Due North

I have spent the last three days doing historic survey in Ely.

You might think about taking my Minnesota card away if I admit I had never been TO Ely before, only THROUGH it. But I think the town is used to that. For its entire life it has been the last stop, the jumping-off place for going into the wilderness, for paddling off into the Boundary Waters, the Quetico, or points farther north.

But the last few days I've been studying the built environment — surveying the downtown, doing historic research, meeting with the HPC in City Hall. I've walked up and down the streets, had delicious coffee and muffins for breakfast, and ate at one of the best restaurants I've been to recently (hail Insula!). We stayed in a house in town across from the school that was like a trip back to 1972.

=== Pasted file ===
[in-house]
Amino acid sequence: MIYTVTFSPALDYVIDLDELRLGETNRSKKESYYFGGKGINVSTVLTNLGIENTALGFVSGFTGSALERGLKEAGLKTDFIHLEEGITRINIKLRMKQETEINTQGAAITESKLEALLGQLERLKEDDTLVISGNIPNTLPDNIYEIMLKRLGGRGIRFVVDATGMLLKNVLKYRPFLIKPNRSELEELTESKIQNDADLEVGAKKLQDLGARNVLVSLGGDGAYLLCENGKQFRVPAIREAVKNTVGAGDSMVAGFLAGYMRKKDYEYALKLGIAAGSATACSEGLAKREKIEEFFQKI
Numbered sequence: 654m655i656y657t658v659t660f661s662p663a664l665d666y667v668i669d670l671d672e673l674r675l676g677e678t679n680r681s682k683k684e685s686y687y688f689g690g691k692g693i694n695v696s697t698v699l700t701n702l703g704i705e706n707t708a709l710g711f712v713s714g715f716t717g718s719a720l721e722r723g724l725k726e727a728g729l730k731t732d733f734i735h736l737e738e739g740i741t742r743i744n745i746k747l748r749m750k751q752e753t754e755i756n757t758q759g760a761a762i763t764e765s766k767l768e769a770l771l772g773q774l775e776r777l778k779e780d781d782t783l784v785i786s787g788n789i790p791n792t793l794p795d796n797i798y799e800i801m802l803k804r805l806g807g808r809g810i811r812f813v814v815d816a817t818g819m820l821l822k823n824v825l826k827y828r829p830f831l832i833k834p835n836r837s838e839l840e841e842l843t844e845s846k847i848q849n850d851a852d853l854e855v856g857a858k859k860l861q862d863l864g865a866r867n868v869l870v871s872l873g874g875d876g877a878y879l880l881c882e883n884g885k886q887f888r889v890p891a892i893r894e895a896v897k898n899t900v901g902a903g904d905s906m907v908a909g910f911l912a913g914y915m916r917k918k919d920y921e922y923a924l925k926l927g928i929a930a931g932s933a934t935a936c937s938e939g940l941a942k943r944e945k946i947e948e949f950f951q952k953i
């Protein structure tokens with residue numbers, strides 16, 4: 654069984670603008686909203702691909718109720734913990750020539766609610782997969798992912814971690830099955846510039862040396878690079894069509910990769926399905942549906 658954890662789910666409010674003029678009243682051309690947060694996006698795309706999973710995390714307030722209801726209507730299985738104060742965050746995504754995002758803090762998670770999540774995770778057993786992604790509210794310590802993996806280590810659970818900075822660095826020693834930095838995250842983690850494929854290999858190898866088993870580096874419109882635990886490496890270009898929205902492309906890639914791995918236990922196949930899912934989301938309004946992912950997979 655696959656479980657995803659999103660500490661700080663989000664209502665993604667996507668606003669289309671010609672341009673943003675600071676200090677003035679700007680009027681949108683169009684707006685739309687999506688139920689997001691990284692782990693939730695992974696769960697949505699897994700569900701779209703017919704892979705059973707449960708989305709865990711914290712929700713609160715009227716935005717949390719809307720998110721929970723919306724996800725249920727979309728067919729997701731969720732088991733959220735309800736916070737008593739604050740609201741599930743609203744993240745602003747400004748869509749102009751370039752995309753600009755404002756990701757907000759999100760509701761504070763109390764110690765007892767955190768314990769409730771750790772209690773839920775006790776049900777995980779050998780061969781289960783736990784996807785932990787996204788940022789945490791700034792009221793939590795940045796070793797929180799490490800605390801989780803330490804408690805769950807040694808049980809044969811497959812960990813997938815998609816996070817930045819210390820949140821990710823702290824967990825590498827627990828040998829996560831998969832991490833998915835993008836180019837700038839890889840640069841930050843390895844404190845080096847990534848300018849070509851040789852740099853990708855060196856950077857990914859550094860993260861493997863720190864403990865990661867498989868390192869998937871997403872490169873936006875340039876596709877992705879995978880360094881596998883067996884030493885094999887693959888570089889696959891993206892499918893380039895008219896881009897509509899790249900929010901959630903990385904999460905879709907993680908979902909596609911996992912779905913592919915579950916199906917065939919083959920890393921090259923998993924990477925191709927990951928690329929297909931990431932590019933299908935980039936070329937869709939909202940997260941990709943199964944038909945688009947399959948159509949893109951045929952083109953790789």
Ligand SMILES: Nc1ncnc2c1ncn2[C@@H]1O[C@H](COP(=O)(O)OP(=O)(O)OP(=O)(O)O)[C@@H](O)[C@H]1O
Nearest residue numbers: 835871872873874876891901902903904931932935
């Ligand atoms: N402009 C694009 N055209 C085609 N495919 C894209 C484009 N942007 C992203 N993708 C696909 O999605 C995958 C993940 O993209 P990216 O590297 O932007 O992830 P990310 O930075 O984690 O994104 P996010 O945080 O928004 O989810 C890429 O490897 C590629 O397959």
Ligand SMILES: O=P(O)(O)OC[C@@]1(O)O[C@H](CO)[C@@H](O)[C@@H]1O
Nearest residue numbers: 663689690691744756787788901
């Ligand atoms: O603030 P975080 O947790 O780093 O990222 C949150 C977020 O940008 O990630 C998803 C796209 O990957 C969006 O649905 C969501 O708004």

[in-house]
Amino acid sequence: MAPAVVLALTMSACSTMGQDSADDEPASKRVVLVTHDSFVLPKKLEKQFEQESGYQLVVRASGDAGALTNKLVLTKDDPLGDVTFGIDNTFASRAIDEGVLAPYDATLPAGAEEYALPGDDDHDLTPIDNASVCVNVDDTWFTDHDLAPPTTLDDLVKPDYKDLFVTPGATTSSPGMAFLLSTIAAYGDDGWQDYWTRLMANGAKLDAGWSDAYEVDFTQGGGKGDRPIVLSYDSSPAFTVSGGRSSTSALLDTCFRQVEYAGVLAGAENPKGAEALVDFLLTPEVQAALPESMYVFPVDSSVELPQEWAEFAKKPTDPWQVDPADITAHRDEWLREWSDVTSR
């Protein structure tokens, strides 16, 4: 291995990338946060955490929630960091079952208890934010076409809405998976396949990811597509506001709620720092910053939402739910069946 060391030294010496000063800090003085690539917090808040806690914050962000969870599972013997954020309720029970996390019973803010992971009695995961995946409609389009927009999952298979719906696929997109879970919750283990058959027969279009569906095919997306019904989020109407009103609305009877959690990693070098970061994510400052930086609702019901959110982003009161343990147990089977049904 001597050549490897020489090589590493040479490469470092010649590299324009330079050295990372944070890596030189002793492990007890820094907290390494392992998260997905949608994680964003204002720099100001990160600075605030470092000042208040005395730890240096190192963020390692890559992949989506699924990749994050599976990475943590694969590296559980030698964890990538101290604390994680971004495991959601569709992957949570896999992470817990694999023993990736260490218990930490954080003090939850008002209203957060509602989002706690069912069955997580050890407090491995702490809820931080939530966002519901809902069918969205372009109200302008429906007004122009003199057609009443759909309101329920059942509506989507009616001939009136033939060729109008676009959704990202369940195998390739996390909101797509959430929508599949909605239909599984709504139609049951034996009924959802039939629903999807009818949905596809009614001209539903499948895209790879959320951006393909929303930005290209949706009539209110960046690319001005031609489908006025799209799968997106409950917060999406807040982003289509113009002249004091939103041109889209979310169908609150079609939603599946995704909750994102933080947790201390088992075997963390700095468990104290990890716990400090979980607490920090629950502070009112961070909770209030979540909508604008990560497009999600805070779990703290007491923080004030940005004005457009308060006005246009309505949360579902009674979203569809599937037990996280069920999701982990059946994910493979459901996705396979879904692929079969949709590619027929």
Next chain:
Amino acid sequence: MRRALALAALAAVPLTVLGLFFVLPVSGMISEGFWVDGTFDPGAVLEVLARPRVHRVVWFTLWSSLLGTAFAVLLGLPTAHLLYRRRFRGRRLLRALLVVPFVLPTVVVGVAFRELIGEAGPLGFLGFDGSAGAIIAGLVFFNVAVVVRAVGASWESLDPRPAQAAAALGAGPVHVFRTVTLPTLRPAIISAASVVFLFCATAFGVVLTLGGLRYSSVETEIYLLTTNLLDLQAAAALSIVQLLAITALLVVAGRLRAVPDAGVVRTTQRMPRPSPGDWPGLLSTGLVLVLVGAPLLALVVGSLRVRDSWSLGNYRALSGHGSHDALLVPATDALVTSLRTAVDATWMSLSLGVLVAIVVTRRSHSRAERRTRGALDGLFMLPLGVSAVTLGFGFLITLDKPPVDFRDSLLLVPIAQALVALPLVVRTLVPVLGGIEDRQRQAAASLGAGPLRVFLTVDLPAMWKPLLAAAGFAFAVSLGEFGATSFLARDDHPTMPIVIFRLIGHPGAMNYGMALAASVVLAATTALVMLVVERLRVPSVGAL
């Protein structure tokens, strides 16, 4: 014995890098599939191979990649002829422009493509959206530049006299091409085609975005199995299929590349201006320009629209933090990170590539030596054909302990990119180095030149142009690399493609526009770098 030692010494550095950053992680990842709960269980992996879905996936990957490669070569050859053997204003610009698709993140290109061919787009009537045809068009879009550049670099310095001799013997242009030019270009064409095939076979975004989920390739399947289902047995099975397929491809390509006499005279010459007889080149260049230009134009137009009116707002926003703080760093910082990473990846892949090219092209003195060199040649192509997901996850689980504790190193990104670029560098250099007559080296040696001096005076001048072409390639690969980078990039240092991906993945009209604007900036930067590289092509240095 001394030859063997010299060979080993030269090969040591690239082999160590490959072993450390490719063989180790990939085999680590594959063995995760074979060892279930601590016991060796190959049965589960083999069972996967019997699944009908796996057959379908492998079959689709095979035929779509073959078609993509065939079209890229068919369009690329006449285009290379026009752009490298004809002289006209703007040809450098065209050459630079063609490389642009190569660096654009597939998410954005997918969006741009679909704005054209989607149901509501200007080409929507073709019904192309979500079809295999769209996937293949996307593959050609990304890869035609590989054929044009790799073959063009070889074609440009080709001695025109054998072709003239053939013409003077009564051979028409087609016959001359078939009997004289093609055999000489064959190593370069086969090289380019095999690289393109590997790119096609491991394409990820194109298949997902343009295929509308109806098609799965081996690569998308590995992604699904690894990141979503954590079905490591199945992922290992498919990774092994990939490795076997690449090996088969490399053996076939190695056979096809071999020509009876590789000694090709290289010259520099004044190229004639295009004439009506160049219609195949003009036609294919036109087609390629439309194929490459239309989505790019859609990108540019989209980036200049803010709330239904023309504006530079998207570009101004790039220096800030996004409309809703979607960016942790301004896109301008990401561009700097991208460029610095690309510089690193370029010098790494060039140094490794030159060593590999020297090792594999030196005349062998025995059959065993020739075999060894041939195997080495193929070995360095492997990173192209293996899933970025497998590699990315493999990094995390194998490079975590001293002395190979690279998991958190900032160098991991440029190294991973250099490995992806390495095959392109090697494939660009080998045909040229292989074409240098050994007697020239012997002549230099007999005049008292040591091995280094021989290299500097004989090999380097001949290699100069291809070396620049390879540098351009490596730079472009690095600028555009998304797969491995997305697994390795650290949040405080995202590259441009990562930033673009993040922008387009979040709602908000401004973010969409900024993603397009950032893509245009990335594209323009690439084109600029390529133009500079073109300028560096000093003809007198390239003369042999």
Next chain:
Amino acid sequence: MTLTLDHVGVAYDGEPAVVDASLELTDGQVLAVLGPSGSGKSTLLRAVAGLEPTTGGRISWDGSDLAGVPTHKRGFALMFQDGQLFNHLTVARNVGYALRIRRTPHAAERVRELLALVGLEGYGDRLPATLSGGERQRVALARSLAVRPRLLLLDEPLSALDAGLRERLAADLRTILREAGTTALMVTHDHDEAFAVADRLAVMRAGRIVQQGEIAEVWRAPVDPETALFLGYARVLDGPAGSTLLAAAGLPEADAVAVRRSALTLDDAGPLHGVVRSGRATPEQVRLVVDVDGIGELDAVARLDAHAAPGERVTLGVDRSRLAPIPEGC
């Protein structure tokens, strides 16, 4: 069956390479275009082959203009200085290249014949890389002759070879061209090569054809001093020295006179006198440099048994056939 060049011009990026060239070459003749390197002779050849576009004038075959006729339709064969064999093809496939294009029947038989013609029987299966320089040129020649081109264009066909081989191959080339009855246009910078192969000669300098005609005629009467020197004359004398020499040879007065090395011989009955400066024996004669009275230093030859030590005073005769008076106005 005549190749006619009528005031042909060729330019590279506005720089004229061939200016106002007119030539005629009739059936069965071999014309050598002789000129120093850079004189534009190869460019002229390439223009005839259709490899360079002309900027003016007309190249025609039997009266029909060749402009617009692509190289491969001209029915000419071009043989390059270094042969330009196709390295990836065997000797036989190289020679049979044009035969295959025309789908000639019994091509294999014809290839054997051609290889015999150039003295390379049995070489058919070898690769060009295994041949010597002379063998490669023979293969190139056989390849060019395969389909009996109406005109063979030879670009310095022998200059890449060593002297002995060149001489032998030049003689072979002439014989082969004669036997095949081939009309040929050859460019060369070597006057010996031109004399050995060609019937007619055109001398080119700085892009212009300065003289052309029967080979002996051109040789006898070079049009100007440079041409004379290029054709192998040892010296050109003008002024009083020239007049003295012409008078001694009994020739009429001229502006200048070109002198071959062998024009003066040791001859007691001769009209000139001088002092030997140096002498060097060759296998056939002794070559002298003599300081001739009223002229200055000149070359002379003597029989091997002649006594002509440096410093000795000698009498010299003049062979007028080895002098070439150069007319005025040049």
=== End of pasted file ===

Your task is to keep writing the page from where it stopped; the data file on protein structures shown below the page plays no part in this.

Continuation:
What you may not know about me, unless you've known me for a long time, is that during my teens I used to spend a month at a time on Widji canoe trips. Every winter I would go up a couple more times for winter camping weekends. That wilderness was my home, but it's been a part of me that's been shut off for a long, long time.

This trip, being that close to the wilderness but not actually in it was kind of painful. Ely is quiet in late September. The canoes are all stacked up, the outfitters closed or closing, and it seems like the end of something.

In the middle of last night was a ferocious storm, where the windy, rainy air was filled with the scent of pine and somehow the wilderness seemed even closer.

And today we visited the National Register site Burntside Lodge, and suddenly it was like no time at all had passed. It was all I could do not to grab a canoe and head out onto the lake.

I think I need that back in my life.

(a post dedicated to 9, who taught me about all this to begin with)


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